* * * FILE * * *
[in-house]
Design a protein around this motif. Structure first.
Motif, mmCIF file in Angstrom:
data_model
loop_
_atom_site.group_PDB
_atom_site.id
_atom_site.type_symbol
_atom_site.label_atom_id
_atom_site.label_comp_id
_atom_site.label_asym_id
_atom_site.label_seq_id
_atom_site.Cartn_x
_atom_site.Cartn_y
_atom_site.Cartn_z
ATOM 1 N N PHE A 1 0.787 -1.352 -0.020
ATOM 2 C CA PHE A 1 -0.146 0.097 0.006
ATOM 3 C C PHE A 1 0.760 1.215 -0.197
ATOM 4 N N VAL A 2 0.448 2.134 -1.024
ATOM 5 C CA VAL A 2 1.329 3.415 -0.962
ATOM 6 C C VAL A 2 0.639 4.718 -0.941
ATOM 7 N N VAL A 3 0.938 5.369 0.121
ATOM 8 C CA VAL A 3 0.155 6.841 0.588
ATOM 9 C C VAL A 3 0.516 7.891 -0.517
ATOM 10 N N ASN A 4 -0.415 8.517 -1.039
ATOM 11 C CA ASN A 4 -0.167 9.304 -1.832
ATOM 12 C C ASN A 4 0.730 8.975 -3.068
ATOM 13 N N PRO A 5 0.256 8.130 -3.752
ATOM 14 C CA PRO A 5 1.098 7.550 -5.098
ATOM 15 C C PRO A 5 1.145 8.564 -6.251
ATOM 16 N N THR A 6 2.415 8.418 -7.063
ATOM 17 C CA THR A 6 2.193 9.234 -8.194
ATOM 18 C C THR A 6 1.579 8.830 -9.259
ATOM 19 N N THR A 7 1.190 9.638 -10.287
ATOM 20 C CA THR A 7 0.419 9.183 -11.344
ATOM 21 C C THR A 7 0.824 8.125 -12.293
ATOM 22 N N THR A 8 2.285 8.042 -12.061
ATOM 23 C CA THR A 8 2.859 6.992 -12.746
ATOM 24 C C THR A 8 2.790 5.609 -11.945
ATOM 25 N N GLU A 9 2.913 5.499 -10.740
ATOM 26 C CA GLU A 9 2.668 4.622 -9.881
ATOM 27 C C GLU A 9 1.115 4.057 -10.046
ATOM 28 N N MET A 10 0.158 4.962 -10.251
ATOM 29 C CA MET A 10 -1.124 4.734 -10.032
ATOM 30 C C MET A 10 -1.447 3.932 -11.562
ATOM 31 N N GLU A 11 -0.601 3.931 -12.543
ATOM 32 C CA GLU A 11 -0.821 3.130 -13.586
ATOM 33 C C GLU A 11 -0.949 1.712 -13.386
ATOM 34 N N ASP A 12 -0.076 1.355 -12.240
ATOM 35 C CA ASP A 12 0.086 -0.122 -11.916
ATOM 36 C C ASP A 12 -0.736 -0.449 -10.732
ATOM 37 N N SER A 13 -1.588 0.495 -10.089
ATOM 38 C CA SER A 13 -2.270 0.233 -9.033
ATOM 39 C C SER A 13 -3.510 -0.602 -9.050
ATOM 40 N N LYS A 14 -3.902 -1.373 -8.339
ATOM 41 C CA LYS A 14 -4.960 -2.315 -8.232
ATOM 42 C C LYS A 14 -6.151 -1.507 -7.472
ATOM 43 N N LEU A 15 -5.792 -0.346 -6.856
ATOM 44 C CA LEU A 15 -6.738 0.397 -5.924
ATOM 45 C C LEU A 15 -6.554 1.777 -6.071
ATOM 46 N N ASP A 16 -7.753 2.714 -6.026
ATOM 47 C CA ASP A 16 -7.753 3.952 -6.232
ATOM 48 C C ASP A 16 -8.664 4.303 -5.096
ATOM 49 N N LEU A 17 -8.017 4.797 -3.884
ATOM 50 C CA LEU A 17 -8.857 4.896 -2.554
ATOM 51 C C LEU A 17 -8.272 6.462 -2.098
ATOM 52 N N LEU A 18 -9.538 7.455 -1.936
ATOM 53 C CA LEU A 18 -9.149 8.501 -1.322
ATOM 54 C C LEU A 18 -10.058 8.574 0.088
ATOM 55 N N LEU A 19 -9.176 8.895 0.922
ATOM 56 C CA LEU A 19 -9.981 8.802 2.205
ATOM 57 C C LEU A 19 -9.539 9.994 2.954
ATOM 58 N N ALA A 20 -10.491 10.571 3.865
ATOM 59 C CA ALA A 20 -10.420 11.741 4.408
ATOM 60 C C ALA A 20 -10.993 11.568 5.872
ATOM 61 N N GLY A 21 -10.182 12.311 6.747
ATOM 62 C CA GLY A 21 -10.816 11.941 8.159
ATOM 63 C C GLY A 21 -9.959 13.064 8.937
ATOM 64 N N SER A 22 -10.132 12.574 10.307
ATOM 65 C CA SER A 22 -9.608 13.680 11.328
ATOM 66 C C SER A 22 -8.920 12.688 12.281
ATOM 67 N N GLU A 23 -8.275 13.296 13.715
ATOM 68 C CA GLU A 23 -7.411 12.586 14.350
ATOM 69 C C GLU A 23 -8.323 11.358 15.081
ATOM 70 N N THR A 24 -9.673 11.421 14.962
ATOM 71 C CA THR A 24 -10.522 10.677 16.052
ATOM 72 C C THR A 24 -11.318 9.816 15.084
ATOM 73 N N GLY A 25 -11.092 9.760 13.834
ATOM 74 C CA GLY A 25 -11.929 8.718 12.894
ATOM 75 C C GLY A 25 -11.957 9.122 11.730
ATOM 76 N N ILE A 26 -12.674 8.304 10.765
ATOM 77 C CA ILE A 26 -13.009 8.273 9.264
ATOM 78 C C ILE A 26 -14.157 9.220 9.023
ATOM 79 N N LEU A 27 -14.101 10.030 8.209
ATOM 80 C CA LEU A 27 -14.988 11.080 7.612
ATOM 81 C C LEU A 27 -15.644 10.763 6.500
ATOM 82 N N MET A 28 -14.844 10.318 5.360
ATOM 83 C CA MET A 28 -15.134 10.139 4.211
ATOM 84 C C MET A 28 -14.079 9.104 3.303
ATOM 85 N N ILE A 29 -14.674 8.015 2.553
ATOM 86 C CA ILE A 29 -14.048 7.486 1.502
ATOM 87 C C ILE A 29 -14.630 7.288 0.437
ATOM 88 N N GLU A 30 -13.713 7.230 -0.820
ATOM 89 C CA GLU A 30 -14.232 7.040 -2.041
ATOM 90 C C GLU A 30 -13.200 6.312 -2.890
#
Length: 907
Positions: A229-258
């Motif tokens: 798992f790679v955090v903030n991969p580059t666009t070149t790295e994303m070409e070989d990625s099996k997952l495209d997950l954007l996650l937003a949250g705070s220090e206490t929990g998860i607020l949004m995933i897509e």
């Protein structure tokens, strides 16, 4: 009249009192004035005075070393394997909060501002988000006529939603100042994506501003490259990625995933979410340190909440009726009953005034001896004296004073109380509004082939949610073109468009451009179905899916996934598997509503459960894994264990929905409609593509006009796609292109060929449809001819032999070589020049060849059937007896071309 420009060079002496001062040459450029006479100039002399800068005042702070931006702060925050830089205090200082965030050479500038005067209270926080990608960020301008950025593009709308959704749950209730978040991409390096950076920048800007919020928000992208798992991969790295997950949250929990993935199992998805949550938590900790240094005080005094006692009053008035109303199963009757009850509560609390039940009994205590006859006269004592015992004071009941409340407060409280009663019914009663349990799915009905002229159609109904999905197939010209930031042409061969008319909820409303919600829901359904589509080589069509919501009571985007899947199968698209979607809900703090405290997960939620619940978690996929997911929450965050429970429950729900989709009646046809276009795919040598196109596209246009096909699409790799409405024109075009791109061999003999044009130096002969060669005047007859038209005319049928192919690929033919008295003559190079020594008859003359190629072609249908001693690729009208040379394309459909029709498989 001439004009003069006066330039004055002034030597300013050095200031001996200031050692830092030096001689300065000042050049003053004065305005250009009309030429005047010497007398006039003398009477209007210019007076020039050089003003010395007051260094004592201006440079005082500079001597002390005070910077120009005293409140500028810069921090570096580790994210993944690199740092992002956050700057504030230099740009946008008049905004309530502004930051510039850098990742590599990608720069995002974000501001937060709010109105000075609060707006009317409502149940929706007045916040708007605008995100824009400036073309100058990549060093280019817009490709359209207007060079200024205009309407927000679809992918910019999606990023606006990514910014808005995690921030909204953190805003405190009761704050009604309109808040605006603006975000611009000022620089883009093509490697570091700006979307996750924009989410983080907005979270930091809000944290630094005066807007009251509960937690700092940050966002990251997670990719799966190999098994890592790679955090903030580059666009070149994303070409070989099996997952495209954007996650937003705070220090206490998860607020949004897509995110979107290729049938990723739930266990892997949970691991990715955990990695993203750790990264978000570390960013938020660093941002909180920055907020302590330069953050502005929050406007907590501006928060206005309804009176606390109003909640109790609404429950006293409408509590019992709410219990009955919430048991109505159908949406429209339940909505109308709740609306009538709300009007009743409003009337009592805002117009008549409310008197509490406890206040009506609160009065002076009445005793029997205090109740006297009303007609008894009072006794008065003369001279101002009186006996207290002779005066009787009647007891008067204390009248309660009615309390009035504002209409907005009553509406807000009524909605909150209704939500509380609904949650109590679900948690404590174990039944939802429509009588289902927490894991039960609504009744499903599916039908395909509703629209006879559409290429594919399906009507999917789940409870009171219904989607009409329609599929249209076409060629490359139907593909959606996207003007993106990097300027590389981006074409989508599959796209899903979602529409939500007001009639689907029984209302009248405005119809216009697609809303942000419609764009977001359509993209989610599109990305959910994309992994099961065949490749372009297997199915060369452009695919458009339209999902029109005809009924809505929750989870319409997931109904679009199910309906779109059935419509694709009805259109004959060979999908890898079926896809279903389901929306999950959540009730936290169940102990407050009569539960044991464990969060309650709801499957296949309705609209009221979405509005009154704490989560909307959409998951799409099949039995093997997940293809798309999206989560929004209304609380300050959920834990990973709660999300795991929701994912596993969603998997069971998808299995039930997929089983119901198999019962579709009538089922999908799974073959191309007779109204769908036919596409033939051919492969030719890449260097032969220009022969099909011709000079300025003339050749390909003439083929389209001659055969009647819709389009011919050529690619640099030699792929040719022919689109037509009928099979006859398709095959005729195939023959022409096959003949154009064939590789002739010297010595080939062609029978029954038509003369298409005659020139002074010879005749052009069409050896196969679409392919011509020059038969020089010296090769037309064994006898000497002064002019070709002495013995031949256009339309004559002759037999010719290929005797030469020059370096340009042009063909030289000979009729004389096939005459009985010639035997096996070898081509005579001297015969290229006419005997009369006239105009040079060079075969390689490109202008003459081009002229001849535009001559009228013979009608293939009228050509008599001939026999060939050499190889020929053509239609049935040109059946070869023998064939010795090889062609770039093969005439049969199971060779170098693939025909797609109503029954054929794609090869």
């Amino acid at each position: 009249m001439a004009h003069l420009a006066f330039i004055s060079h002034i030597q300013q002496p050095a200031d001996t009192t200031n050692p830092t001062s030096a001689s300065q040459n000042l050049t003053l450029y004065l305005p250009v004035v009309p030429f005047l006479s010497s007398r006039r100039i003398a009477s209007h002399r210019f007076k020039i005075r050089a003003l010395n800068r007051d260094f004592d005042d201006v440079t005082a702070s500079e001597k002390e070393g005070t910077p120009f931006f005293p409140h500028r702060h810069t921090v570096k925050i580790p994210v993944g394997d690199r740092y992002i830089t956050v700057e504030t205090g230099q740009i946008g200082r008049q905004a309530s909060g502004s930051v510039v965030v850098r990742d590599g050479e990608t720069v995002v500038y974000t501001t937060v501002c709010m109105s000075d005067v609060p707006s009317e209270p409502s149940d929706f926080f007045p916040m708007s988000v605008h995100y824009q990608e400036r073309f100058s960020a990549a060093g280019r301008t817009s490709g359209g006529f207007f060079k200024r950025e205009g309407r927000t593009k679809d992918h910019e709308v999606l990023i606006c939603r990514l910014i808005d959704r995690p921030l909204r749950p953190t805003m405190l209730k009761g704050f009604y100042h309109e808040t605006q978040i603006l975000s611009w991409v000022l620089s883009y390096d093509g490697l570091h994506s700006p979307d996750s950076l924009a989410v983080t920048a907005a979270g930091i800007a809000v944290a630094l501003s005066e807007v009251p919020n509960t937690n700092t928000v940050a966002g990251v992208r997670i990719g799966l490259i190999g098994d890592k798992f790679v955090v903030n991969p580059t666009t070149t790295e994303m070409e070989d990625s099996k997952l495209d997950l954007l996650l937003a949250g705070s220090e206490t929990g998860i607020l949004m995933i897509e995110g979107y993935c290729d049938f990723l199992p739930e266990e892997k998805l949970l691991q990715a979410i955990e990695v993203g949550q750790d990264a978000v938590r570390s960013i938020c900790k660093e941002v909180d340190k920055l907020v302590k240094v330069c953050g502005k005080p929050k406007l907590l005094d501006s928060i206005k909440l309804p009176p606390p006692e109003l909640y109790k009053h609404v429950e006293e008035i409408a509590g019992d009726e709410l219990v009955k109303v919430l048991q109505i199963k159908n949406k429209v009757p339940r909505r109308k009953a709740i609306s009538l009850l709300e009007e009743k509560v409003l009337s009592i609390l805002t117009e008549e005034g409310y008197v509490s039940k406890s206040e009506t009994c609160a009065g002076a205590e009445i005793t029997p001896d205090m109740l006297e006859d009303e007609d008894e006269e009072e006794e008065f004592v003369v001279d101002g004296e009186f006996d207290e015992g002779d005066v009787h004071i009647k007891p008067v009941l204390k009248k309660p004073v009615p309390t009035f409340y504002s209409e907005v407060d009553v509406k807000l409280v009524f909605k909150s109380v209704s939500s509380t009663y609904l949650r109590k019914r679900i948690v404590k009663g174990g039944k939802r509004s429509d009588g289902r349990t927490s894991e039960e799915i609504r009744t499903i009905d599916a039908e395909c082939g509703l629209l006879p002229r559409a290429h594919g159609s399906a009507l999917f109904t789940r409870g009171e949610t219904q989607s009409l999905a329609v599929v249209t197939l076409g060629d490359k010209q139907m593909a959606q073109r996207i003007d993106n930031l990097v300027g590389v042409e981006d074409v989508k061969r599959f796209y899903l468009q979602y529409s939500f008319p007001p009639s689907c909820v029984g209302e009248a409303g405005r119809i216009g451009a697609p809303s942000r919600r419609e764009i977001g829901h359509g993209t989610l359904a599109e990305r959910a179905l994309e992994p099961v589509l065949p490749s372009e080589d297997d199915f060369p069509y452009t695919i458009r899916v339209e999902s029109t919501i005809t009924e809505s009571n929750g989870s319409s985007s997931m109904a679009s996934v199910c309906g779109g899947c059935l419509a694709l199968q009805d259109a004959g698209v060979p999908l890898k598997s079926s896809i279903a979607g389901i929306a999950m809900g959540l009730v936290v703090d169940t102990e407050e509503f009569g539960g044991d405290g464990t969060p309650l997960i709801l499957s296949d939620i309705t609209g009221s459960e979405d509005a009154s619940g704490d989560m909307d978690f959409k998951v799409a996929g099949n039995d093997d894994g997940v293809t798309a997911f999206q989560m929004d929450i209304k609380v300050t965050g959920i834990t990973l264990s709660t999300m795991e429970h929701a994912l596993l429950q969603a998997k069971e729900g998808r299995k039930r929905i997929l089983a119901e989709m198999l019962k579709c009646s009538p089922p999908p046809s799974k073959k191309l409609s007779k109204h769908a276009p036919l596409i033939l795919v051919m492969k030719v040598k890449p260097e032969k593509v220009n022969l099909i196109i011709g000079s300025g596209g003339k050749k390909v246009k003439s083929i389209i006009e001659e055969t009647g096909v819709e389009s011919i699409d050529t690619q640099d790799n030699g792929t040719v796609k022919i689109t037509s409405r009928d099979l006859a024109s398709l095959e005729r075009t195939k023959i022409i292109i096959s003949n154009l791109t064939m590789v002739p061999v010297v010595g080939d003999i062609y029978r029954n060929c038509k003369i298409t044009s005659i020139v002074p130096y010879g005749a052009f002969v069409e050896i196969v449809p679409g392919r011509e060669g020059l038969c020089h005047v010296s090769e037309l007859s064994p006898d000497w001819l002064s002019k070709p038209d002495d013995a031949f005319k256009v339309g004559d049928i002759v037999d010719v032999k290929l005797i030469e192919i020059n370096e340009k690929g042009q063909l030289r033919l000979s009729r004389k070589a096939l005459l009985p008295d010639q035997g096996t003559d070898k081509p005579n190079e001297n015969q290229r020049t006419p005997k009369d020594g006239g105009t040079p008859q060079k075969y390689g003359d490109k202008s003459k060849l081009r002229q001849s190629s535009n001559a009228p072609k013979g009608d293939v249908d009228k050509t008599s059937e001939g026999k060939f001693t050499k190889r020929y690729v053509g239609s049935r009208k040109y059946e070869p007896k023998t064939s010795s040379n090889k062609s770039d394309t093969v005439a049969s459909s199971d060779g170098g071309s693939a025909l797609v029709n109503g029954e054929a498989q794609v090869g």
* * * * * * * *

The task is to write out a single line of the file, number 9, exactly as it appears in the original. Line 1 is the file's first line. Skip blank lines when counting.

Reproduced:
_atom_site.label_atom_id